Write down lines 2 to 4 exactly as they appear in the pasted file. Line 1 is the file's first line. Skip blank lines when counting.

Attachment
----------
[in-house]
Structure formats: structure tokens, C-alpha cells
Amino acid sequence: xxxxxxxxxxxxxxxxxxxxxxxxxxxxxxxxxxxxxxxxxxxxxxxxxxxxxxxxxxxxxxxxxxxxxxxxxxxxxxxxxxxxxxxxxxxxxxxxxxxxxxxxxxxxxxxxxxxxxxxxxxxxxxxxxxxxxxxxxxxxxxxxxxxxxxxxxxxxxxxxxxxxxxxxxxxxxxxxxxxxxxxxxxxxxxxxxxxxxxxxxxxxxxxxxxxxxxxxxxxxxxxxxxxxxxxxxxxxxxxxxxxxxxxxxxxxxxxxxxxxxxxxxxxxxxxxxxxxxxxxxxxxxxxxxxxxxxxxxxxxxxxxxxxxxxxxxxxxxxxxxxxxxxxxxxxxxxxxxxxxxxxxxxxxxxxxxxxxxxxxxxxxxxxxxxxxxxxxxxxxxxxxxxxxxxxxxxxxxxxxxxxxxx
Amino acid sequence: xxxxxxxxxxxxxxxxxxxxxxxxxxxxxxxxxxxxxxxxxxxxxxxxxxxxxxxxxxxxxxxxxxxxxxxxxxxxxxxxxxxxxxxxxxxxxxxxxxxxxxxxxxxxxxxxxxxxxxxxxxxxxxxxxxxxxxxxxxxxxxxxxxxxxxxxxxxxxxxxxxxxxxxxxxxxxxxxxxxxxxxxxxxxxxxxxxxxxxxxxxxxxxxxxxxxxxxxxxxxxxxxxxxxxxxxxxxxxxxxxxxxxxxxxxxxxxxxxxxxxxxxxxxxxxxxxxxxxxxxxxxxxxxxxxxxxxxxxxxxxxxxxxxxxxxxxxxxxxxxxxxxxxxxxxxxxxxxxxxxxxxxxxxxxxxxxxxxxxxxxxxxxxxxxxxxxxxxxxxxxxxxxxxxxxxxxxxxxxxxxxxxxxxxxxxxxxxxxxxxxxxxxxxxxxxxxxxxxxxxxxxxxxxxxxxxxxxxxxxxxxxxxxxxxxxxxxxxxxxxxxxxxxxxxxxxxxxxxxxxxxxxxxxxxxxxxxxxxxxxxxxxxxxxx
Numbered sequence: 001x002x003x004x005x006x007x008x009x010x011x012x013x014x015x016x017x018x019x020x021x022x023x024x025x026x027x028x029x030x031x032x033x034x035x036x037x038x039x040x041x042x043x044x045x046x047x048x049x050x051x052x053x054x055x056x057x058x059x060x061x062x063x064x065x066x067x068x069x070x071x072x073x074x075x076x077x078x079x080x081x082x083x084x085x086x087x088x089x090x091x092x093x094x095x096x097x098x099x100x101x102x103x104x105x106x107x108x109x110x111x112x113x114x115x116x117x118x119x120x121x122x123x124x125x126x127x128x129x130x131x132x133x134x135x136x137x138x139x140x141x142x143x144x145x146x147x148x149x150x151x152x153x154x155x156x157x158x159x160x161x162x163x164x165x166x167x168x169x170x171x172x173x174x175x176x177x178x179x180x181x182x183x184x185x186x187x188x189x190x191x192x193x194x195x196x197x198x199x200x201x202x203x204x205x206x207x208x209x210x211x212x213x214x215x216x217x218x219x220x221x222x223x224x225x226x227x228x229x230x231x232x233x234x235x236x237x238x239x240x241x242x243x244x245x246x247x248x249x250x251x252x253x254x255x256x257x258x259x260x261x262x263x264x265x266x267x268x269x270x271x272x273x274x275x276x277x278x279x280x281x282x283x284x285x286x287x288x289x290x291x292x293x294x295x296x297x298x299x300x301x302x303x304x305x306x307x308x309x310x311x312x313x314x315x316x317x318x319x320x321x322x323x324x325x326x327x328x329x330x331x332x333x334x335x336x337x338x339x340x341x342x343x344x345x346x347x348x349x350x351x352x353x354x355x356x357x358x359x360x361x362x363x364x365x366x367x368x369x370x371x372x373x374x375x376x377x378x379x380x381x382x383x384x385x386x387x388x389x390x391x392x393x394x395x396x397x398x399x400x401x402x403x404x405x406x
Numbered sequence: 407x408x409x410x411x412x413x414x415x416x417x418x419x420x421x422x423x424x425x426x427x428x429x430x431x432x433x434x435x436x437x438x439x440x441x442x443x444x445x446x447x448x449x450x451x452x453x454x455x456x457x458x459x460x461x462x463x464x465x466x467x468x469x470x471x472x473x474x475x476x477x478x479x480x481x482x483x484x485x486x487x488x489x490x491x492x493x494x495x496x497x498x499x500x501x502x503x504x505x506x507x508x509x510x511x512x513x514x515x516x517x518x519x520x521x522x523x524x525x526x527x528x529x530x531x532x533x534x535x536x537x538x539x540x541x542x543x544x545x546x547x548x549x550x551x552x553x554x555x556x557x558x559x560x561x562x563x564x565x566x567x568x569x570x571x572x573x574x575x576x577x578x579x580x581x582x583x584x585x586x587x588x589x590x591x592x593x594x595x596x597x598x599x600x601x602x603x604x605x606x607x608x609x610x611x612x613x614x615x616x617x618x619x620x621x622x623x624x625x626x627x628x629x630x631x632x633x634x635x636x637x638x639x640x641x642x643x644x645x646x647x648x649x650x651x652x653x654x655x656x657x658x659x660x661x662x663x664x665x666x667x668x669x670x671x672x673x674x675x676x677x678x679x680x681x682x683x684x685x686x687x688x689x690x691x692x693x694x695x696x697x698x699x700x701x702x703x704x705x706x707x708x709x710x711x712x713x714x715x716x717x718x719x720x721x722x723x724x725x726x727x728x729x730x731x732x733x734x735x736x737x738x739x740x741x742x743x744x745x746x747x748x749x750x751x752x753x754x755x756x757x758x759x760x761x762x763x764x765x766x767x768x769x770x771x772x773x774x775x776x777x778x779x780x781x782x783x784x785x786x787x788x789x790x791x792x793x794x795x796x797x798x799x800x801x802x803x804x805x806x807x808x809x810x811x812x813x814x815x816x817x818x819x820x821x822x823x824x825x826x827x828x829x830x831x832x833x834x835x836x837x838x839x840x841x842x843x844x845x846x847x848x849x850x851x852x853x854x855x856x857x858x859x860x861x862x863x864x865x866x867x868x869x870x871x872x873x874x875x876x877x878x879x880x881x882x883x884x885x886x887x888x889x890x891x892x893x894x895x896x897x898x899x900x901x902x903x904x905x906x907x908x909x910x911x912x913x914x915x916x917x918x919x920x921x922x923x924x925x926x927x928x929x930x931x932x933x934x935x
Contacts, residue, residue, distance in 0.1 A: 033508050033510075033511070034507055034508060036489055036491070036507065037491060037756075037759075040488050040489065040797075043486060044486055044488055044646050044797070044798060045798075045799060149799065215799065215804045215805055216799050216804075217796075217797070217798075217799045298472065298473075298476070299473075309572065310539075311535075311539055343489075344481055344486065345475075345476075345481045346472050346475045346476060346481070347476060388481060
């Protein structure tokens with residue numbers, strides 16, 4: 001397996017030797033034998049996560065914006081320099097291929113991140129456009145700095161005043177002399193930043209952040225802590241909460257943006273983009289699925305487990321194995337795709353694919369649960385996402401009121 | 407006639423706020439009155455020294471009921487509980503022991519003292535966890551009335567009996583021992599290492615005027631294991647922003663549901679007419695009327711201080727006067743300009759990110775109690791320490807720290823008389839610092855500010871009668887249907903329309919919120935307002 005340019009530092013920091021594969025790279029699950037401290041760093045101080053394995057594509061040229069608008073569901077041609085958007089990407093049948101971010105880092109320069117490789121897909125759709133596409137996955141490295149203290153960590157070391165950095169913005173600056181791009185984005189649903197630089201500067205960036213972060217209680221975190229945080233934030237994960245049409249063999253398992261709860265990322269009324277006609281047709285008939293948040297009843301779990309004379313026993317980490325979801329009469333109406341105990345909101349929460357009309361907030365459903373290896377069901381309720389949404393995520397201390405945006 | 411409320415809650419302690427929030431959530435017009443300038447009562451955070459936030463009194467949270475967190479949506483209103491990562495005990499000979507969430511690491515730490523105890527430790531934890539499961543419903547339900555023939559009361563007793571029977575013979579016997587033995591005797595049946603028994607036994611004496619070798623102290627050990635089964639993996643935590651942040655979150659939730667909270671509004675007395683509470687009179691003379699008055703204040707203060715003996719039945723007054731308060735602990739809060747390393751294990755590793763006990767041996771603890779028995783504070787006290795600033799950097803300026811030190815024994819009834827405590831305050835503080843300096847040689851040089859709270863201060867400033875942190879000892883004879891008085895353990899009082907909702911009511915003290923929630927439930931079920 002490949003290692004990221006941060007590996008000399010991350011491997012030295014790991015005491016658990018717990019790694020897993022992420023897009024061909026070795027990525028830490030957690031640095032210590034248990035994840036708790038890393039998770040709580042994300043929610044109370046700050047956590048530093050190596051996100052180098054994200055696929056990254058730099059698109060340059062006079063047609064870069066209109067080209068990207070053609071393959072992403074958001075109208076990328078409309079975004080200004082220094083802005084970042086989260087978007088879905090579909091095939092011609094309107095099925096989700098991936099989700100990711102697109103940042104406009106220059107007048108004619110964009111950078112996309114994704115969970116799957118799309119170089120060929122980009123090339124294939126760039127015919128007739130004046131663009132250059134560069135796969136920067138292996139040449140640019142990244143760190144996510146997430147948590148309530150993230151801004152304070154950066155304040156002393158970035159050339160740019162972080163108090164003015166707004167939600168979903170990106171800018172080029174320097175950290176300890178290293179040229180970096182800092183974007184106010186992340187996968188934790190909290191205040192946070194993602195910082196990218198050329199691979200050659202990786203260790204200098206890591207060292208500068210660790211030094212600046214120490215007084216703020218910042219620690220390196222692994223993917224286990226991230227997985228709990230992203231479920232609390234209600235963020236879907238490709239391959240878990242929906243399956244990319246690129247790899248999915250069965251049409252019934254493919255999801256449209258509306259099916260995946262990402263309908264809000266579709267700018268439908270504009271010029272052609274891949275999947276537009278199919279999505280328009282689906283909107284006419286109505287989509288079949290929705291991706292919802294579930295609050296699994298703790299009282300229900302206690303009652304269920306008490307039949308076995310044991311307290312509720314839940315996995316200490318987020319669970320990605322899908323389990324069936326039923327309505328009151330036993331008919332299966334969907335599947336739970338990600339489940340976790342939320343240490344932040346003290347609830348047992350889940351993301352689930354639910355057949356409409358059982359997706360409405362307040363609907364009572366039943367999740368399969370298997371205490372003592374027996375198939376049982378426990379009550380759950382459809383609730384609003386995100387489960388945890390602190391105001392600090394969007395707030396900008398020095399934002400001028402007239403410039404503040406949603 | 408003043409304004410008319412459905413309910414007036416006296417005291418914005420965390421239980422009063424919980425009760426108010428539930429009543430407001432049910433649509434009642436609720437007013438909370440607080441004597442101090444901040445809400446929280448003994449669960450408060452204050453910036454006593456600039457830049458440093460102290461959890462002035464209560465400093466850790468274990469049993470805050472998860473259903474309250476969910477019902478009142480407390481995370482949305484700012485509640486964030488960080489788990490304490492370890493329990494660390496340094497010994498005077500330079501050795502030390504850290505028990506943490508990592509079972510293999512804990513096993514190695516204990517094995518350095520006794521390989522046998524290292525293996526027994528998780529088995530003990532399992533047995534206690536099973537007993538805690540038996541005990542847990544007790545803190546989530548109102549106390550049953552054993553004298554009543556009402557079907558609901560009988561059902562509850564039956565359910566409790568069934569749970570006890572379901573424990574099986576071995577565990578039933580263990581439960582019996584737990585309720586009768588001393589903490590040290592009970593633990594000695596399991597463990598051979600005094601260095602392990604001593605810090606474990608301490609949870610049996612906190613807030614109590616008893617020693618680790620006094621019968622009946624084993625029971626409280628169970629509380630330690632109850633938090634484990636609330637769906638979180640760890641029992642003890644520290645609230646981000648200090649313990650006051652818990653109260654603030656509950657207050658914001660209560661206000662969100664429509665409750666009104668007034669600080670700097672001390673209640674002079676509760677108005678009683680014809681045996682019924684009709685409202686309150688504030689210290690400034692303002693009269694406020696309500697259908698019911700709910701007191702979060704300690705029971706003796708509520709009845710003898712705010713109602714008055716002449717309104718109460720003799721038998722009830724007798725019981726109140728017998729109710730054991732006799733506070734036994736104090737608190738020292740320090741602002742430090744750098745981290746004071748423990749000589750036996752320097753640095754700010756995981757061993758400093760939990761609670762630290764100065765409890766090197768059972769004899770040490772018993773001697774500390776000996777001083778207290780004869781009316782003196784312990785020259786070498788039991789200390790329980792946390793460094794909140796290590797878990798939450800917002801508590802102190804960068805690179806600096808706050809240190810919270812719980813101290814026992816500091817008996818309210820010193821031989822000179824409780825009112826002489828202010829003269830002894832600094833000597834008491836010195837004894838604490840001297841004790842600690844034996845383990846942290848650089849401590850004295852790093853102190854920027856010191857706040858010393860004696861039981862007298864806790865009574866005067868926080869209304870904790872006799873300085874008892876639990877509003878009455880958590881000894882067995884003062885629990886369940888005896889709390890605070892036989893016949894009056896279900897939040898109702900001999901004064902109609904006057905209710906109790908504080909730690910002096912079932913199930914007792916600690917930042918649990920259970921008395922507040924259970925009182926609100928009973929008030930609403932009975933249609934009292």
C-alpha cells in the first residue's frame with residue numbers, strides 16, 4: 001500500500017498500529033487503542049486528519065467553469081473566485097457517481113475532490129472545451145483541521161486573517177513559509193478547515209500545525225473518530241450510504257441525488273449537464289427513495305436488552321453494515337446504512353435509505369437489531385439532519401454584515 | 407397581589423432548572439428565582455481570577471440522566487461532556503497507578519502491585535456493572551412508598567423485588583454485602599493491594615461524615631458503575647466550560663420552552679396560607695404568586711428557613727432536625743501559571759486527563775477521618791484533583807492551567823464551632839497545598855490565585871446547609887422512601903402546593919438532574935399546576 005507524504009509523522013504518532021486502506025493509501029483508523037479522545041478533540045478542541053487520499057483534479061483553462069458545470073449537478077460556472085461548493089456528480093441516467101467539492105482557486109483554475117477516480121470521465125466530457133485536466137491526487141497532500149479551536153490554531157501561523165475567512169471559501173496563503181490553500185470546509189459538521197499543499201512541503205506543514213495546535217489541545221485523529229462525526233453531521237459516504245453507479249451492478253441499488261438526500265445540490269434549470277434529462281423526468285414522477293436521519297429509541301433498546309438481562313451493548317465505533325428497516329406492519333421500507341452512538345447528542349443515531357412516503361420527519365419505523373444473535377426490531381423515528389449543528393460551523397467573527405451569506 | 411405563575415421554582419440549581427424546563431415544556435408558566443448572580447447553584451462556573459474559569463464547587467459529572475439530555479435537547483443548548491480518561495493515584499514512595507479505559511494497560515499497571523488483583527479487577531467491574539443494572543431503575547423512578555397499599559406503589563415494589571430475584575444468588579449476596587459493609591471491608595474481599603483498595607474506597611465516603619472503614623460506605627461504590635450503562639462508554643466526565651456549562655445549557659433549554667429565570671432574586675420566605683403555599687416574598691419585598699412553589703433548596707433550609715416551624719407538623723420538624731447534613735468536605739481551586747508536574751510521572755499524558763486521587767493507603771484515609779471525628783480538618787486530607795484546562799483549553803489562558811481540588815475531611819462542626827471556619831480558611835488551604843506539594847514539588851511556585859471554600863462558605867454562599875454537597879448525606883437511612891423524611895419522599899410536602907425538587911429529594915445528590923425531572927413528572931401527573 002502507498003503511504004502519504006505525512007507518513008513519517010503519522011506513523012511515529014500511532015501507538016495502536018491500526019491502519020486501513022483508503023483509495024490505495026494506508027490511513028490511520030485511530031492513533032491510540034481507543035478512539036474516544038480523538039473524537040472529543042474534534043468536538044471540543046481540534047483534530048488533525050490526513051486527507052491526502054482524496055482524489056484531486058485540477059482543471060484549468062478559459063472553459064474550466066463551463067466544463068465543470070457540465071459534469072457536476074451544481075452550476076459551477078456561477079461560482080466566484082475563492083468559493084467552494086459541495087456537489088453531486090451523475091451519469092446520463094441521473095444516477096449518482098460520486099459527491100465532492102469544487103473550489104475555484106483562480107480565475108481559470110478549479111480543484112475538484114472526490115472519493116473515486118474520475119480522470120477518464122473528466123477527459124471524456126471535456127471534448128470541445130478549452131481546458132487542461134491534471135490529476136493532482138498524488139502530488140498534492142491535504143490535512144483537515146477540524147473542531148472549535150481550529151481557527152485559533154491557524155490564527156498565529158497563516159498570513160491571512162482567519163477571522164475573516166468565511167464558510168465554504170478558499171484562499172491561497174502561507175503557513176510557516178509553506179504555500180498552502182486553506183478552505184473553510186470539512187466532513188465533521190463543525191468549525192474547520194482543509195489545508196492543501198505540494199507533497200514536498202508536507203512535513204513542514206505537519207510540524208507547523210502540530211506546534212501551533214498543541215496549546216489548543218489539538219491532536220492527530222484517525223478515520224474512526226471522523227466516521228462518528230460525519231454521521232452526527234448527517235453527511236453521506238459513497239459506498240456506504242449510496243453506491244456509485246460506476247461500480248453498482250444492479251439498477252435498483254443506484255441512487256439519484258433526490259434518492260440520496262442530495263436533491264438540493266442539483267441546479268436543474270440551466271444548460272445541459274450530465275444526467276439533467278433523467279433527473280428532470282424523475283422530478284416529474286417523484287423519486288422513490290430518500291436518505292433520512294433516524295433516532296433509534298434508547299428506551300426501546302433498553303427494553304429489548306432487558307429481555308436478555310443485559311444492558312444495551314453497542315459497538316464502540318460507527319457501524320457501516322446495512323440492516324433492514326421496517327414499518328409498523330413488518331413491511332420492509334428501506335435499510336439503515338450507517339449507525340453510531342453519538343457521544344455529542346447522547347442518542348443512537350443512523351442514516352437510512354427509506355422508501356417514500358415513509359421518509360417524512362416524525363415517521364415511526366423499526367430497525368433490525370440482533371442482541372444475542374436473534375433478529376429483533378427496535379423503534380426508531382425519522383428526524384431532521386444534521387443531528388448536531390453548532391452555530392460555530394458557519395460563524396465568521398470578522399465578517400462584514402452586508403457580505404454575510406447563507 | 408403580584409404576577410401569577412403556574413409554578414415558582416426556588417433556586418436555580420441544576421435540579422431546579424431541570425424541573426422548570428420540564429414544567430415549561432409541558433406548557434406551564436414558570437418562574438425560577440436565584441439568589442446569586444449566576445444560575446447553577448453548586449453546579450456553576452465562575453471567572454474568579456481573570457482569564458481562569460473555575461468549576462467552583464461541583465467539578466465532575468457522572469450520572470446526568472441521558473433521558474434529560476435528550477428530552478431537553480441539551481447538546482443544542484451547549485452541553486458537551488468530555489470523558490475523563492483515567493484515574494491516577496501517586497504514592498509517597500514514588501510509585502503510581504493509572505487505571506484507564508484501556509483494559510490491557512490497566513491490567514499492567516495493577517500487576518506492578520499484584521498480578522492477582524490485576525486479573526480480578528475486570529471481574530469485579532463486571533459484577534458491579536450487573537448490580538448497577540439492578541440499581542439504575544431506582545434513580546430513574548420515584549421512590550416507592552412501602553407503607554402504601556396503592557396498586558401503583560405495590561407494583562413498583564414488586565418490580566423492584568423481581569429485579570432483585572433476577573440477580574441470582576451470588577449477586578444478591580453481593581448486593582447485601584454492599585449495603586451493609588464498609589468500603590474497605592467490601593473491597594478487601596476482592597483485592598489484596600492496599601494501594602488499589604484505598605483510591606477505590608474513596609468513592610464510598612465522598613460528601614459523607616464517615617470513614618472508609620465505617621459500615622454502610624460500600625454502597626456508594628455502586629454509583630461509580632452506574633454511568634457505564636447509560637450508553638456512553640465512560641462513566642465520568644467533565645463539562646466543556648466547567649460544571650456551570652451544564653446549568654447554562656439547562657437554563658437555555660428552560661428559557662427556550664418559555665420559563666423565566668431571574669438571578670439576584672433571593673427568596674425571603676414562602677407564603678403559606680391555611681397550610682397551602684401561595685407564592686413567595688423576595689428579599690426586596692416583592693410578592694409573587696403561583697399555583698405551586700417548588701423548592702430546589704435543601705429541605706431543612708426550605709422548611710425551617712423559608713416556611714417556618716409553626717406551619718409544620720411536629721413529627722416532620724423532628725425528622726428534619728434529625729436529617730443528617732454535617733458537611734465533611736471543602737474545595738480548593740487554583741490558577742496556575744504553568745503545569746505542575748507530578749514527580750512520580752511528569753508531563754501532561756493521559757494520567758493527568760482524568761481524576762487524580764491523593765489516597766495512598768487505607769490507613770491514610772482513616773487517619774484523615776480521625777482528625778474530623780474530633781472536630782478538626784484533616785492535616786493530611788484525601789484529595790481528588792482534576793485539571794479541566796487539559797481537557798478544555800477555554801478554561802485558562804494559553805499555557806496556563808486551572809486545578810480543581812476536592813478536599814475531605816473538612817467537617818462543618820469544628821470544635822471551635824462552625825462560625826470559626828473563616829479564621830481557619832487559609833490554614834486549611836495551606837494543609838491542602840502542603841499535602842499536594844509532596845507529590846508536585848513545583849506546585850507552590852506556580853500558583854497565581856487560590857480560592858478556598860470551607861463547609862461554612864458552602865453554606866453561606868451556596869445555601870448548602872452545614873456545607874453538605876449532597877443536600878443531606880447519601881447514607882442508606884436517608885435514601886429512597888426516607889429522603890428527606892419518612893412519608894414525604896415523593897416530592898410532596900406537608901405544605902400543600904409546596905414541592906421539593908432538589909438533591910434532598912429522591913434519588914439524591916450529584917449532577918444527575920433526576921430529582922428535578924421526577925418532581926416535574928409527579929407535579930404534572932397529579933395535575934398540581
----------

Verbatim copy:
Structure formats: structure tokens, C-alpha cells
Amino acid sequence: xxxxxxxxxxxxxxxxxxxxxxxxxxxxxxxxxxxxxxxxxxxxxxxxxxxxxxxxxxxxxxxxxxxxxxxxxxxxxxxxxxxxxxxxxxxxxxxxxxxxxxxxxxxxxxxxxxxxxxxxxxxxxxxxxxxxxxxxxxxxxxxxxxxxxxxxxxxxxxxxxxxxxxxxxxxxxxxxxxxxxxxxxxxxxxxxxxxxxxxxxxxxxxxxxxxxxxxxxxxxxxxxxxxxxxxxxxxxxxxxxxxxxxxxxxxxxxxxxxxxxxxxxxxxxxxxxxxxxxxxxxxxxxxxxxxxxxxxxxxxxxxxxxxxxxxxxxxxxxxxxxxxxxxxxxxxxxxxxxxxxxxxxxxxxxxxxxxxxxxxxxxxxxxxxxxxxxxxxxxxxxxxxxxxxxxxxxxxxxxxxxxxxx
Amino acid sequence: xxxxxxxxxxxxxxxxxxxxxxxxxxxxxxxxxxxxxxxxxxxxxxxxxxxxxxxxxxxxxxxxxxxxxxxxxxxxxxxxxxxxxxxxxxxxxxxxxxxxxxxxxxxxxxxxxxxxxxxxxxxxxxxxxxxxxxxxxxxxxxxxxxxxxxxxxxxxxxxxxxxxxxxxxxxxxxxxxxxxxxxxxxxxxxxxxxxxxxxxxxxxxxxxxxxxxxxxxxxxxxxxxxxxxxxxxxxxxxxxxxxxxxxxxxxxxxxxxxxxxxxxxxxxxxxxxxxxxxxxxxxxxxxxxxxxxxxxxxxxxxxxxxxxxxxxxxxxxxxxxxxxxxxxxxxxxxxxxxxxxxxxxxxxxxxxxxxxxxxxxxxxxxxxxxxxxxxxxxxxxxxxxxxxxxxxxxxxxxxxxxxxxxxxxxxxxxxxxxxxxxxxxxxxxxxxxxxxxxxxxxxxxxxxxxxxxxxxxxxxxxxxxxxxxxxxxxxxxxxxxxxxxxxxxxxxxxxxxxxxxxxxxxxxxxxxxxxxxxxxxxxxxxxxx